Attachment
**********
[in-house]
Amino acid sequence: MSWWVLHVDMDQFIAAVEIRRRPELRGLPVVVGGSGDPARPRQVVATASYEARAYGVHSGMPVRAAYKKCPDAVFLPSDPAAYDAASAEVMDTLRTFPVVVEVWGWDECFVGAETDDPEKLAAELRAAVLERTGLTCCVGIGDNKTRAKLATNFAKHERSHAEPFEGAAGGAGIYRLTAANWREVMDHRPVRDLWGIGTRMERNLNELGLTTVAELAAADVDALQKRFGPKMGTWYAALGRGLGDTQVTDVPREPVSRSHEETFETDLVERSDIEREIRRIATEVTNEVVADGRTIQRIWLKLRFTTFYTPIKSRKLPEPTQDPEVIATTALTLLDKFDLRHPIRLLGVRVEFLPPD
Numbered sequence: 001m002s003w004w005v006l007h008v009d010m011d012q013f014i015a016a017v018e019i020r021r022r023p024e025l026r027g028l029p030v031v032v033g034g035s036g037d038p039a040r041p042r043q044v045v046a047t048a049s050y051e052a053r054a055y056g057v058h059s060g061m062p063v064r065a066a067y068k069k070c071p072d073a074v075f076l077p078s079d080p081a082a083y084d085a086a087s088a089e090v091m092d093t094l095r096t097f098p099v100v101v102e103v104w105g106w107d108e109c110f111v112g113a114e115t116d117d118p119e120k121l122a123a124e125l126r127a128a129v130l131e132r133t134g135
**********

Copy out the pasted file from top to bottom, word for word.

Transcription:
[in-house]
Amino acid sequence: MSWWVLHVDMDQFIAAVEIRRRPELRGLPVVVGGSGDPARPRQVVATASYEARAYGVHSGMPVRAAYKKCPDAVFLPSDPAAYDAASAEVMDTLRTFPVVVEVWGWDECFVGAETDDPEKLAAELRAAVLERTGLTCCVGIGDNKTRAKLATNFAKHERSHAEPFEGAAGGAGIYRLTAANWREVMDHRPVRDLWGIGTRMERNLNELGLTTVAELAAADVDALQKRFGPKMGTWYAALGRGLGDTQVTDVPREPVSRSHEETFETDLVERSDIEREIRRIATEVTNEVVADGRTIQRIWLKLRFTTFYTPIKSRKLPEPTQDPEVIATTALTLLDKFDLRHPIRLLGVRVEFLPPD
Numbered sequence: 001m002s003w004w005v006l007h008v009d010m011d012q013f014i015a016a017v018e019i020r021r022r023p024e025l026r027g028l029p030v031v032v033g034g035s036g037d038p039a040r041p042r043q044v045v046a047t048a049s050y051e052a053r054a055y056g057v058h059s060g061m062p063v064r065a066a067y068k069k070c071p072d073a074v075f076l077p078s079d080p081a082a083y084d085a086a087s088a089e090v091m092d093t094l095r096t097f098p099v100v101v102e103v104w105g106w107d108e109c110f111v112g113a114e115t116d117d118p119e120k121l122a123a124e125l126r127a128a129v130l131e132r133t134g135